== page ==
Parish Chest Records – Introduction
Once you have got past the time period of civil registration and census, that is tracing your family back to the 1830’s, you will arrive at a new set of records. When I am teaching, students are often surprised to learn that there is a lot more to parish church records than just the registers containing details of baptisms, marriages and burials. It is always a delight to show what a variety of records were kept in the parish chest of each church. Of course these records, like most records we search, weren’t created with genealogy in mind, but parish chest records contain names, dates and information about your ancestors lives and will add greatly to your family history.
If your ancestors were non-conformists don’t think that the parish chest records aren’t of interest to you. Non-conformists weren’t always allowed to follow their beliefs freely, they might practise their religion secretly whilst attending the local church. They didn’t always have separate burial grounds so they will feature in the burial records and of course they may have had no option other than to marry in the local church. They may also feature in the parish chest records in notes recording the fact that they were non-conformists.
This post is going to run through the records you would expect to find and then I will write a series of posts explaining more about each type of record, why they were created, what you can expect to find in them and where they can be accessed.
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Let’s start with the chest itself as this will give you an idea of how important the church viewed their records, how the congregation felt about the records and what steps were taken to keep them safe.
Parish chests existed long before the injunction was sent down to the parishes to provide a chest that could hold all the valuables and records that the individual church held. Medieval churches were places of much splendor with silver chalices and platens, bowls and candlesticks. Rich embroidered fabrics might adorn the altar and the vestments of the clergy might well contain gold and silver threads. All this needed to be kept safely away from thieves, beggars and vermin. The chest might be referred to as a chest, ark, coffer or even a hutch, but they were all made sturdily out of wood and mainly kept in the church. The chests were kept locked for obvious reasons and were required to have at least two locks, one key being held by the Vicar or Rector and the other by the Churchwardens thereby making sure that one individual with a key could not be accused of tampering with the contents.
A website I have recently come across is Intriguing History and they have an excellent article on parish chests.
A book to have on your book shelf is what is regarded as the definitive book on parish chest records The Parish Chest by W E Tate. It was first published in 1946, but has been revised (2011) and is now available for sale. Click here.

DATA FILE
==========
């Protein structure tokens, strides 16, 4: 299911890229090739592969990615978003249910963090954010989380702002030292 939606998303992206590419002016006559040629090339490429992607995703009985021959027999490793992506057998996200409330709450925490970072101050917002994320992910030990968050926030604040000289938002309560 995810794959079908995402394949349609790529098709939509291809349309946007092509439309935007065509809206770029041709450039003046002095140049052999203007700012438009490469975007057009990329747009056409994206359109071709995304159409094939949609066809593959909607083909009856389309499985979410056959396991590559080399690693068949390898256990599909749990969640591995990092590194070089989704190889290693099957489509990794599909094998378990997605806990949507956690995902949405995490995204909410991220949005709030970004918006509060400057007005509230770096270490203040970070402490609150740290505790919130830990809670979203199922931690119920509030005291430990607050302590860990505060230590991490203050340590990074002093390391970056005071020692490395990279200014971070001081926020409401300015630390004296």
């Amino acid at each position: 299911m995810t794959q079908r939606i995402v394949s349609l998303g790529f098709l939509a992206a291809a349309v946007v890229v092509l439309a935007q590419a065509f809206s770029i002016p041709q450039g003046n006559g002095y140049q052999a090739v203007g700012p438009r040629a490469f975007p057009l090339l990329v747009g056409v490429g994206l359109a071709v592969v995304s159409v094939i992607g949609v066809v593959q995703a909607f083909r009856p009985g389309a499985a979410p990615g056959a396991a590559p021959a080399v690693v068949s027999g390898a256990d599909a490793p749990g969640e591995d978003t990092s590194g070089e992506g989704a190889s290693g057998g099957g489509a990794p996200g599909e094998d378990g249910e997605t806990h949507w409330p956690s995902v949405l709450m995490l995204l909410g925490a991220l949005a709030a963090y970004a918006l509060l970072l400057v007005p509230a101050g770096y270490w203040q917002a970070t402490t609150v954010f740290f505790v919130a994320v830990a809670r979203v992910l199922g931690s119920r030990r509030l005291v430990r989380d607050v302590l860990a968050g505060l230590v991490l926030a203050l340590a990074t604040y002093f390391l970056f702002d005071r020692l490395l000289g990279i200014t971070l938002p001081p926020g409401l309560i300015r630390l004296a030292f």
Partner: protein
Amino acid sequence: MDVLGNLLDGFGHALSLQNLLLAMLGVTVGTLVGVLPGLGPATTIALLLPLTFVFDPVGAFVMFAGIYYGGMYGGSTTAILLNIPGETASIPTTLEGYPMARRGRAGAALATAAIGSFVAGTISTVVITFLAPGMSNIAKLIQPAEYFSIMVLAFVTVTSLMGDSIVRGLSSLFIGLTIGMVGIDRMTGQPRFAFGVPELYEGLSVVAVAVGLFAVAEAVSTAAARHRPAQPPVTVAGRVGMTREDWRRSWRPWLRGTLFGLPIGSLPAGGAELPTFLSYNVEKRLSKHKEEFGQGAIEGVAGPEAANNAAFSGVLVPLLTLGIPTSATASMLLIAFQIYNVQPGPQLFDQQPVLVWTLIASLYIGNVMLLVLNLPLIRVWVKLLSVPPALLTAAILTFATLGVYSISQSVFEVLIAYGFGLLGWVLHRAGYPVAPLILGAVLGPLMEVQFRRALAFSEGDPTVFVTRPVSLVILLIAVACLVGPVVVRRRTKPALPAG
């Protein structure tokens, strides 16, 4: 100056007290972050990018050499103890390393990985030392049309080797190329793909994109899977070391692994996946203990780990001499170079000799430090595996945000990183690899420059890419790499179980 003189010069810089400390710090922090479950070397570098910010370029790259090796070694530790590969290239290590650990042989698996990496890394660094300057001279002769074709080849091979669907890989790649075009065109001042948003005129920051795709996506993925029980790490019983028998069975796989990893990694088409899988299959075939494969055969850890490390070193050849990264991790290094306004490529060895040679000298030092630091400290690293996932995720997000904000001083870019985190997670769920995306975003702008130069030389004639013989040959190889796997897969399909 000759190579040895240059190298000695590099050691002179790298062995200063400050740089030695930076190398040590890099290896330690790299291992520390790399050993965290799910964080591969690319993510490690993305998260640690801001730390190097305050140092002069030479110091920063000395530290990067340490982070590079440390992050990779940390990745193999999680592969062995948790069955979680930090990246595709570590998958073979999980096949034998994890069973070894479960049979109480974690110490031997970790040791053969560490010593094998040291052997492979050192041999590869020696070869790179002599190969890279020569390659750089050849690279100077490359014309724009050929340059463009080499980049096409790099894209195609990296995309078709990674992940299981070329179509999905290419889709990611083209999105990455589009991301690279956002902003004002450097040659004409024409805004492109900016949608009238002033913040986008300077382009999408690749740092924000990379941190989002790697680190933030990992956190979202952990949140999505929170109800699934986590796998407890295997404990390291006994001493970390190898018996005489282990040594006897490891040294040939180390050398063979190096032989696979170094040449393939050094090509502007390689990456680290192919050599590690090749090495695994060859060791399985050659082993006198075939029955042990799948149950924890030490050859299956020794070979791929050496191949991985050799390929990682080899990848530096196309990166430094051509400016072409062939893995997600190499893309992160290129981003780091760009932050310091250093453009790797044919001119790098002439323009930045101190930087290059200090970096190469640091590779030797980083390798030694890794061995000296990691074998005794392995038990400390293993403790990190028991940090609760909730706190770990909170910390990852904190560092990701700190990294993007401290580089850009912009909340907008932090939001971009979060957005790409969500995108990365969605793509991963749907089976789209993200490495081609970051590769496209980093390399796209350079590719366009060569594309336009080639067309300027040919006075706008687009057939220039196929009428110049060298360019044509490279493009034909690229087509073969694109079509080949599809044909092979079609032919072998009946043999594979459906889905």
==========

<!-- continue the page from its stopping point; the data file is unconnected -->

Parish Chest Records – What are they?
Genealogists need to be aware that the church and clergy were extremely powerful within the parish. Along with local landowners they controlled much of the activities of the parishioners. The church took charge of parishioners souls and the landowners took charge of their ability to house, cloth and feed their families.
- Parish Registers – Baptism, Confirmation, Banns, Marriage, Burial
- Churchwarden Accounts
- Charity Accounts, Records and Briefs
- Glebe Terriers
- Tithe Records
- Church Court
- Visitation Records
- Notices and Proclamations
- Vestry Minutes and Agreements
- Petty Constables Accounts
- Poor Law
- Highway Maintenance
- Enclosure Act
- Examination, Removals and Settlements
- Land tax
Parish Chest Records – Where Can they be found?
I am pleased to be able to say that more and more parish chest records are coming online. My post on which counties have placed some or all of their parish registers online can be read here. It is very pleasing to note that the other records are also starting to be present on Ancestry and FindMyPast. Some are available at FamilySearch Family History Centre’s, but at the present time these aren’t available from home although this might change in the future.
The parish chest records are a source on which a substantial family history can be build. They are the records that can tell us about our ancestors lives whether they were rich or poor. In fact the poor tend to feature more heavily than those who had money to buffer them from the hardships of life. Often these records contain facts that are recorded no where else. If I hadn’t searched the Poor Law records of Stanford in the Vale I wouldn’t have known that my 3rd great grandfather fled the village on foot to avoid marrying my 3rd great grandmother. He was caught after two of the churchwardens rode after him and after a two day hunt found him and “persuaded” him to return and marry poor Sarah. They did marry and went on to have another seven children and Joseph does not appear to have left the village again! I look forward to teaching you more about the records that have survived centuries because they were stored in a chest usually made of oak with two locks to keep them safe from rats and vagabonds!